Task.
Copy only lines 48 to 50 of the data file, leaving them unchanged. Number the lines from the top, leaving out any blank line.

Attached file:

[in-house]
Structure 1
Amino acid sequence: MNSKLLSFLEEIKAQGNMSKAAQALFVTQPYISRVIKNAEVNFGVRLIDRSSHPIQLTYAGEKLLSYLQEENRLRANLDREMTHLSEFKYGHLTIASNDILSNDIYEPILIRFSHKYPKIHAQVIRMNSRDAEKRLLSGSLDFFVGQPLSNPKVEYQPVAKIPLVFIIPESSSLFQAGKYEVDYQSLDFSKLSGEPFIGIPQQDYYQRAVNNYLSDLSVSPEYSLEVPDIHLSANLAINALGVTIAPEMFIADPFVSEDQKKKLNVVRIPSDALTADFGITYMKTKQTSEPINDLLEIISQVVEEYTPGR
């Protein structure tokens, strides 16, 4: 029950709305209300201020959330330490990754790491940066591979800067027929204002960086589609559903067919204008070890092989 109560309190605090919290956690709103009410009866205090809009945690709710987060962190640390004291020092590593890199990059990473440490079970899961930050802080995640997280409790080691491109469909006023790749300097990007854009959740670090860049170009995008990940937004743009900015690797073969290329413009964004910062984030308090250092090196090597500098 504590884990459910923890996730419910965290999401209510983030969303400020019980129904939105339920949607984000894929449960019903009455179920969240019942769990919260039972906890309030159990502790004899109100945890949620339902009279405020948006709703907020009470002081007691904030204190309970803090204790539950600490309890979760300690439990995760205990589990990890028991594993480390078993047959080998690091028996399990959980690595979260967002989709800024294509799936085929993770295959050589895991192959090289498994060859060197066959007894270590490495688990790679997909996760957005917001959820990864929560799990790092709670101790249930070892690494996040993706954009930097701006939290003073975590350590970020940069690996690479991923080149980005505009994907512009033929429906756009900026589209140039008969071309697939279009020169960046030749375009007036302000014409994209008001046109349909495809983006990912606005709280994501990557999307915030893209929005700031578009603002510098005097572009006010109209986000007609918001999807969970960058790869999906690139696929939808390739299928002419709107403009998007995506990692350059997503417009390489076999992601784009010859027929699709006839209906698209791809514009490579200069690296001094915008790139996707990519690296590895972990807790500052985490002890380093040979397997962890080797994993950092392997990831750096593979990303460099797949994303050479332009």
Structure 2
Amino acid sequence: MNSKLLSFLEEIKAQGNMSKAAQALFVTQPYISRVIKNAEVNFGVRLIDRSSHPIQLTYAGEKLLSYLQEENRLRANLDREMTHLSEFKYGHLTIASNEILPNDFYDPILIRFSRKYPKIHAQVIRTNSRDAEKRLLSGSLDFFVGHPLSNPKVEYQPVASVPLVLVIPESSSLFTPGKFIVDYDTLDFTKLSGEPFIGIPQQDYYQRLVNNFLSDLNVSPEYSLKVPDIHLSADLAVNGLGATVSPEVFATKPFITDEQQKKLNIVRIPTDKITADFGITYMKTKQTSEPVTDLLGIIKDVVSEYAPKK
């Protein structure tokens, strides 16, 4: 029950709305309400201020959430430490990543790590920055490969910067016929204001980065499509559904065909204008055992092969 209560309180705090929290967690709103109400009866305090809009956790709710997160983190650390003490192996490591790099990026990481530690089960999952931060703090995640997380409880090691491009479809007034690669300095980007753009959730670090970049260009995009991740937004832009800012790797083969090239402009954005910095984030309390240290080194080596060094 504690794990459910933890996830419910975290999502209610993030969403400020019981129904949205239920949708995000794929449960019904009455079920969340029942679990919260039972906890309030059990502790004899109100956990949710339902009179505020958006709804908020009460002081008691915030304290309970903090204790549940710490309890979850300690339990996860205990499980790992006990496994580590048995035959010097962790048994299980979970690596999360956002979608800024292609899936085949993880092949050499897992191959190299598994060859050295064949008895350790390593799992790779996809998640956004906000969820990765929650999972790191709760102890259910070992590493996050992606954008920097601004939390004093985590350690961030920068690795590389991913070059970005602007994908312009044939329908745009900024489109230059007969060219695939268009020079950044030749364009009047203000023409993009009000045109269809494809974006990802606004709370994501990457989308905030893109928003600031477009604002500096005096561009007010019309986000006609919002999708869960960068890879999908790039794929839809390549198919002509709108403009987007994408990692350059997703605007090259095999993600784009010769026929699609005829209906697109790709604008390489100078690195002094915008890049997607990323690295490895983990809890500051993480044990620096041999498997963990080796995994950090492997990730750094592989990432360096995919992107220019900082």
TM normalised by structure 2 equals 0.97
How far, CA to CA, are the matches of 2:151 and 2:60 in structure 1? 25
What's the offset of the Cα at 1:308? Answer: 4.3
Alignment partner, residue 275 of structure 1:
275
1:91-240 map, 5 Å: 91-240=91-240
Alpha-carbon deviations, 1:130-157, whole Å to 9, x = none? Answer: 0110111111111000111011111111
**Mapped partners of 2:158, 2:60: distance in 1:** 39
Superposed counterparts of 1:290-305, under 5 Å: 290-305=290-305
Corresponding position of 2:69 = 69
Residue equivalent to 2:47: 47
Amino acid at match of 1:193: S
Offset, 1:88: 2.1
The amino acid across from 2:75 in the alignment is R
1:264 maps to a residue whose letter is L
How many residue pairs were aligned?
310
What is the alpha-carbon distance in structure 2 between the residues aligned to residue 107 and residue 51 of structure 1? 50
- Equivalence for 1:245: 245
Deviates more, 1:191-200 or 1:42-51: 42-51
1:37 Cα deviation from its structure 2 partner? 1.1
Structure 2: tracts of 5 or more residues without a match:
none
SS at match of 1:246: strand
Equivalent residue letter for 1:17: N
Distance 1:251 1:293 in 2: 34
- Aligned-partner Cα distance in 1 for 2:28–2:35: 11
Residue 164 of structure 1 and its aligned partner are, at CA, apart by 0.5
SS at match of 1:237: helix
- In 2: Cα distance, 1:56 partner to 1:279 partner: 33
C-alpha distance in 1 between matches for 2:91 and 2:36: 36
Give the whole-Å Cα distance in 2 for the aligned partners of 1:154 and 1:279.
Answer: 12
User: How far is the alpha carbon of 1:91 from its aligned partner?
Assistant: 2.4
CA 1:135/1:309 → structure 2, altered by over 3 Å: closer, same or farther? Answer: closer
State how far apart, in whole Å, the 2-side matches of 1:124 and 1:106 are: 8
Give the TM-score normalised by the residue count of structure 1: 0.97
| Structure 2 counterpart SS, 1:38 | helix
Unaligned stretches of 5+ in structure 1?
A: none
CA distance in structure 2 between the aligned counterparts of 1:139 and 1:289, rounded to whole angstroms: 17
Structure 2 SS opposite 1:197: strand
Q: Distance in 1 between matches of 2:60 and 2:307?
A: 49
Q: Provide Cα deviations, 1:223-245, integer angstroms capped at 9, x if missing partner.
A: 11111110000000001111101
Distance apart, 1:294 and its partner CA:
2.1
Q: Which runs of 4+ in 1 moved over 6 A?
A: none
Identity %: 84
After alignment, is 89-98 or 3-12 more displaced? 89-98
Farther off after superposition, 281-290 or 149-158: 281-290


A: none
CA distance in structure 2 between the aligned counterparts of 1:139 and 1:289, rounded to whole angstroms: 17
Structure 2 SS opposite 1:197: strand